Las Vegas WinCo Foods: Newly arrived grocer here to stay

By Luis Cabrera

There is a new contender in town, and this guy is coming for all the marbles. WinCo Foods recently started doing business here with two locations in the valley. A store opened in Northwest Las Vegas and another one in the city of Henderson in March of this year.

The newly arrived discount grocery may very well add a new definition to the term “big box store.” Its location is just that, big. Entering the store, one gets the impression that someone decided to fuse two well-known concepts; WinCo feels like a hybrid between a discount, low-budget grocery and a membership-only bulk seller.

Aisles are wide, and the shelves are stocked up high on the industrial-type structure seen at Costco or Sam’s Club. However, over here we get a complete deli department and a dedicated, formal butcher shop. In addition, there is a section with rows of cylindrical crates full of dry comestibles sold by the pound. Adding to the warehouse style, wooden pallets holding merchandise are stationed in the middle of the store’s floor, featuring advertised specials.

WinCo Foods’ headquarters are in Boise, Idaho, and the company currently operates 80 stores with a workforce of more than 13,000 employees. In addition to Idaho, the chain has locations in six other western states, including Washington, California, Utah, Oregon, Arizona and Nevada. The chain takes pride in being employee-owned, and it openly states so outside, with big letters that accompany the trademark name. WinCo’s revenue for the 2011 fiscal year was just shy of five billion dollars.

Inside the WinCo in Las Vegas, an attendant commented that the starting wage for everyone at floor level is nine dollars per hour. She also added that the retailer hired about 200 people here to staff its operation at her store. Employees at WinCo do not belong to any labor union.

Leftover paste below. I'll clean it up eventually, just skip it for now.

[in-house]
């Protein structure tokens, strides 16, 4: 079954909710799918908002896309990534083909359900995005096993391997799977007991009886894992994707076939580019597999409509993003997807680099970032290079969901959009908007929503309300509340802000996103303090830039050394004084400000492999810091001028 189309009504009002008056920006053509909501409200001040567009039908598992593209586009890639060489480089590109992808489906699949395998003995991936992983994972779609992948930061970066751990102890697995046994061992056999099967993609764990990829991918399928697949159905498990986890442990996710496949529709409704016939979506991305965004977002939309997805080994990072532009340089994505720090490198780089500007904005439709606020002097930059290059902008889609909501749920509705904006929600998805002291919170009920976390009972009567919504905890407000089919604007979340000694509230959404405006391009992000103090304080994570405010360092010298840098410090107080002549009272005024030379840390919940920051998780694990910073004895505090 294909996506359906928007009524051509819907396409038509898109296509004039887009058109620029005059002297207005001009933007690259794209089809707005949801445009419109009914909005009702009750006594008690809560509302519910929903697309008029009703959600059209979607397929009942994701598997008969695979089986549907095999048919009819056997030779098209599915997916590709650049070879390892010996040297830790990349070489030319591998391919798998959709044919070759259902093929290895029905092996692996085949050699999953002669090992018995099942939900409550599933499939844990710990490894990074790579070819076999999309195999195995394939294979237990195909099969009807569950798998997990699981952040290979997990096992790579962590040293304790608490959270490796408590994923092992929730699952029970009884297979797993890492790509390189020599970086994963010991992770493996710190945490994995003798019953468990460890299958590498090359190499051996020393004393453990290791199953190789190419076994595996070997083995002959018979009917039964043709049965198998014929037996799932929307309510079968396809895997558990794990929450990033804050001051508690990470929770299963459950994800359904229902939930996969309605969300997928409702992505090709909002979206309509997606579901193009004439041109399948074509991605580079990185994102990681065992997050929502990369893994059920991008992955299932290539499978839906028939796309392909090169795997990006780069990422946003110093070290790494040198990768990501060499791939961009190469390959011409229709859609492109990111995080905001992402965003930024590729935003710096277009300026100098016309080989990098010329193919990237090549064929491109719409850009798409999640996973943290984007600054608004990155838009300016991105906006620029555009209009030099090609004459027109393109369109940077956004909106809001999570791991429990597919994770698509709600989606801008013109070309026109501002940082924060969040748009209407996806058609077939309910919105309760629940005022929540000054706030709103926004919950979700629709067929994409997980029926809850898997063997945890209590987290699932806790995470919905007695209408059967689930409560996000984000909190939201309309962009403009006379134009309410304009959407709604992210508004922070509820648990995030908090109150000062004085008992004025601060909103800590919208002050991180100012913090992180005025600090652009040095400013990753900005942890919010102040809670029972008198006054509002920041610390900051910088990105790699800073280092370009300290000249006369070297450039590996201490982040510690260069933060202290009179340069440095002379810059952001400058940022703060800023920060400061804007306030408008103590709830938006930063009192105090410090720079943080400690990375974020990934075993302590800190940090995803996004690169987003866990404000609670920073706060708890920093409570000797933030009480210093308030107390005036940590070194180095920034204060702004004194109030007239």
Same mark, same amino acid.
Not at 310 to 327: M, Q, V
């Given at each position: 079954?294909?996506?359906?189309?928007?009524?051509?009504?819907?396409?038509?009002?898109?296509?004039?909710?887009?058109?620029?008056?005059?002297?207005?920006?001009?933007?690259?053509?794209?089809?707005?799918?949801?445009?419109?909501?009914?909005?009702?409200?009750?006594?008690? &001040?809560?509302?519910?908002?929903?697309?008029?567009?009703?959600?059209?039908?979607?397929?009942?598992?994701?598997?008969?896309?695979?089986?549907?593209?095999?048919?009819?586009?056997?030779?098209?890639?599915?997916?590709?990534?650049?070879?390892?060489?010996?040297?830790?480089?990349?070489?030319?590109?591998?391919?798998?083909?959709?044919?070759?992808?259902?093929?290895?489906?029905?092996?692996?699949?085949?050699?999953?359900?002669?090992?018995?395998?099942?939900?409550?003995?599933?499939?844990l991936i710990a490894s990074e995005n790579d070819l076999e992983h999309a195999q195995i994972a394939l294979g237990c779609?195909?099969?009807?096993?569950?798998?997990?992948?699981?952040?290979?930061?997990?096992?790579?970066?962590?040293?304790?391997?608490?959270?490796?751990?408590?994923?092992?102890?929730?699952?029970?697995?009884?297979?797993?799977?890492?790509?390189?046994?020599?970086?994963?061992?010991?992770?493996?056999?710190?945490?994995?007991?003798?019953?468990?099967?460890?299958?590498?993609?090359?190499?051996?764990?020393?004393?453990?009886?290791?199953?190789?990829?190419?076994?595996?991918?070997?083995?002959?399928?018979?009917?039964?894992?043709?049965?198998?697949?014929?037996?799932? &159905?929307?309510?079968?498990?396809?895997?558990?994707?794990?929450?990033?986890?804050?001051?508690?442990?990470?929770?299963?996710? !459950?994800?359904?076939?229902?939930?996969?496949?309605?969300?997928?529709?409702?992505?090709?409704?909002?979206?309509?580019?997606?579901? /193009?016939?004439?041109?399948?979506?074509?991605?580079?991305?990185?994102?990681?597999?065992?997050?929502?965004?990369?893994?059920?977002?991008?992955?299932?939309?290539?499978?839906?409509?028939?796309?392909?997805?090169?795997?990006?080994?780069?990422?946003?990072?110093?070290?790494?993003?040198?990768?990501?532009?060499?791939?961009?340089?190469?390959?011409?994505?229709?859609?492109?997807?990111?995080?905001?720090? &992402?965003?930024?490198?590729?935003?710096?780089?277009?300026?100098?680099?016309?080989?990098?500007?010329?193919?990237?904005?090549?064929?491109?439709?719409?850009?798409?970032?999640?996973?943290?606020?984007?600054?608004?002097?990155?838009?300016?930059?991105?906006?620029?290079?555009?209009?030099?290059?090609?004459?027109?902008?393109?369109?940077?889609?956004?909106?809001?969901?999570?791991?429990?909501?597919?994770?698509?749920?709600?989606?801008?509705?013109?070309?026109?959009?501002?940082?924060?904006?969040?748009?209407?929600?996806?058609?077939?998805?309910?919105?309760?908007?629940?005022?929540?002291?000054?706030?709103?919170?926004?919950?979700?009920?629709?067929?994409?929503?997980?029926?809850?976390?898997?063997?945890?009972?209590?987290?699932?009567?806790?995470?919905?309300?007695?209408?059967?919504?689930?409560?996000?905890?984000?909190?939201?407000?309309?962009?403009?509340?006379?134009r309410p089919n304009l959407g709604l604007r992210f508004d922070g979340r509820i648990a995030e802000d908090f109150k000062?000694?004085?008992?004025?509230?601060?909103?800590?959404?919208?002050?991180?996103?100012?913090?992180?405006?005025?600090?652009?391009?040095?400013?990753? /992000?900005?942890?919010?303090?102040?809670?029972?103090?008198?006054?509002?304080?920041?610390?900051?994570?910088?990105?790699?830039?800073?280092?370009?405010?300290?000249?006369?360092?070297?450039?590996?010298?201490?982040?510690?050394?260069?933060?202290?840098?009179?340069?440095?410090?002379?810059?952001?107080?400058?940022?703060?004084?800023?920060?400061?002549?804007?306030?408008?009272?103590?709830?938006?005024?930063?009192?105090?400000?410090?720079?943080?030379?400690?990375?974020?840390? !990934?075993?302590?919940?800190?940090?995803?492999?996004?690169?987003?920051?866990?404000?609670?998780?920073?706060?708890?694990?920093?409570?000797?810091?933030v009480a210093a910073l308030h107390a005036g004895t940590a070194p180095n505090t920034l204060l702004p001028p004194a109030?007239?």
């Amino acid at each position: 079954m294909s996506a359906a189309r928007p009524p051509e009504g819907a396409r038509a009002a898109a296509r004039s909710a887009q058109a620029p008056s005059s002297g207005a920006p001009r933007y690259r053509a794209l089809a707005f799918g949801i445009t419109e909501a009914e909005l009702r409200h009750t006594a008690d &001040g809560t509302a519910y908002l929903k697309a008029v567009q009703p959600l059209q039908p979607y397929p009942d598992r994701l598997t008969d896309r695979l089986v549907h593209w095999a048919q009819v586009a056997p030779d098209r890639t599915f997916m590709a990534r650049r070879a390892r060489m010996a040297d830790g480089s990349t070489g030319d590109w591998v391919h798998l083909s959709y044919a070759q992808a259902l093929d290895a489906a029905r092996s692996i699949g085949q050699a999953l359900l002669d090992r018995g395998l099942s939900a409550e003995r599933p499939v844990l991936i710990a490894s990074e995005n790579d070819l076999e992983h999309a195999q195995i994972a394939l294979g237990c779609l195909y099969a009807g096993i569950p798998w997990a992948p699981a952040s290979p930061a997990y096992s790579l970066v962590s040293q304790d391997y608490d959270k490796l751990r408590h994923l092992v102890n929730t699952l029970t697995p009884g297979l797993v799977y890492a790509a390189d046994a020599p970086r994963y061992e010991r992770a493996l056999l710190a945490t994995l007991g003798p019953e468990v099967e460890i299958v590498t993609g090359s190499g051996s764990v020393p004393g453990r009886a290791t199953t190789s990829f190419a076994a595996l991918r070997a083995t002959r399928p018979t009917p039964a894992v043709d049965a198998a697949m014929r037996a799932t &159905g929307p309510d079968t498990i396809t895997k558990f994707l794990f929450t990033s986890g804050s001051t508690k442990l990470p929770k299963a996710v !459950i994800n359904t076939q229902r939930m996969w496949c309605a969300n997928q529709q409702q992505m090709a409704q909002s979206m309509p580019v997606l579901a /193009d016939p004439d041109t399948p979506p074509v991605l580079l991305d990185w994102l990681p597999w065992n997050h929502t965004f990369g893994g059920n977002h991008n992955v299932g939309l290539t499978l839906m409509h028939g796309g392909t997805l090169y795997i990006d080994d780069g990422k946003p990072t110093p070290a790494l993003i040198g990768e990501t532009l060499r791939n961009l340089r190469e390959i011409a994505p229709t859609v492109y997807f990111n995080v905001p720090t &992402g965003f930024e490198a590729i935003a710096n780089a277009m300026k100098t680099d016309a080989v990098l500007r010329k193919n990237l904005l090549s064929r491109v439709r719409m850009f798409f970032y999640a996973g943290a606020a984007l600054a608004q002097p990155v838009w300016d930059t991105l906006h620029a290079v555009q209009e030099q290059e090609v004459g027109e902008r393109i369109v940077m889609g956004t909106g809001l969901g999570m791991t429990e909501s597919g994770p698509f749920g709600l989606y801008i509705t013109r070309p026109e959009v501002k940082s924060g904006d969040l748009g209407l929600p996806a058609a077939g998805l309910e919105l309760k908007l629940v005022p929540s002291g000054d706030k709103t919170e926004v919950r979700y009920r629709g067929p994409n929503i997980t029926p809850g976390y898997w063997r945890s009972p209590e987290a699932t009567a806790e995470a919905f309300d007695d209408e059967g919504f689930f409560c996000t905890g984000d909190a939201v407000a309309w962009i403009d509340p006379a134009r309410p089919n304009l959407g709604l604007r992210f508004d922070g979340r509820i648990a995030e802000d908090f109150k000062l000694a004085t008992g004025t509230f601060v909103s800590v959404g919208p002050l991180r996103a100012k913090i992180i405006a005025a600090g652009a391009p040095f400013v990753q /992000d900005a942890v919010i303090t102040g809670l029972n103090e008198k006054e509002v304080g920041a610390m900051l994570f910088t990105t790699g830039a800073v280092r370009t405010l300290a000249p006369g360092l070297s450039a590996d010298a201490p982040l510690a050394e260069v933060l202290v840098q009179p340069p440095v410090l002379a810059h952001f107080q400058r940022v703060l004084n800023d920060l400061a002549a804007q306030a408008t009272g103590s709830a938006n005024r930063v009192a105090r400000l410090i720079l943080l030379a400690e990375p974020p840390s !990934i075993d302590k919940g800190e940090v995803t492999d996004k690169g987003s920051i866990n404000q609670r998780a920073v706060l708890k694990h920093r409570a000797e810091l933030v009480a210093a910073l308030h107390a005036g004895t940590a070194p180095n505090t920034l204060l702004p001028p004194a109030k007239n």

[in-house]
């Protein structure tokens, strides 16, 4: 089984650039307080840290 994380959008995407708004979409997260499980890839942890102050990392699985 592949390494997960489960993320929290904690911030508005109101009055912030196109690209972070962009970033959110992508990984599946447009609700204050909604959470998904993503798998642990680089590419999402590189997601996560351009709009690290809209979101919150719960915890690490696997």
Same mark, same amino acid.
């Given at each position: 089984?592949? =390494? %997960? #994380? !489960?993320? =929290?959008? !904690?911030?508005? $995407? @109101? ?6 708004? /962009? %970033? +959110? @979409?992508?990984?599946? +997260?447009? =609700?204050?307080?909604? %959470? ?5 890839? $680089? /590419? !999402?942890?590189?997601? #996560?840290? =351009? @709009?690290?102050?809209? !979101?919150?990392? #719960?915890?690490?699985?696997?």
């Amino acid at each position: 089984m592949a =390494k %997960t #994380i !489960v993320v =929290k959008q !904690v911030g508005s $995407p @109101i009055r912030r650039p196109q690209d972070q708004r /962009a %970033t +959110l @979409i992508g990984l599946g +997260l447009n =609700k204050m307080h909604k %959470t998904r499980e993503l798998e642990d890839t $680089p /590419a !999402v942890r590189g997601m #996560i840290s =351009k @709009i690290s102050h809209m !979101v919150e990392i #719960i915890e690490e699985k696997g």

“Better than Wal-Mart”

An anonymous shopper, whom I met outside, said that she likes WinCo because it has “great prices and good food.” She went on to say that prices at “WinCo are better than WalMart’s and beat Smiths by a lot.”

Tiffani Floyd and her companion live in Summerlin, but they make a round trip north every week just to get their groceries from WinCo. Floyd said that she is “impressed with the staff” because they are very knowledgeable. “They know exactly where everything is” she commented, “I actually tested them today; customer service is great.” Floyd and her friend also added that on top of low prices, the store offers savings with coupons. “We buy for five or six family members,” they confided; and the long drive? “It’s worth it.”

Clearly, local supermarkets have taken notice of the newcomer. For example, in a WalMart just a few miles from WinCo, there were two “competing” shopping carts side by side on display, one from each retailer. Both baskets were filled with similar products neatly packed, and flanked by respective receipts totaling the final tally. In another case, a close by Smith’s grocery had ads all over the aisles, comparing their prices to those of WinCo.

If the established guys are taking defensive measures, then it must mean the company from Boise is doing something right.

Local shoppers are used to price wars between competing food marts in Las Vegas. The new big kid in town, however, may take that battle to another level.

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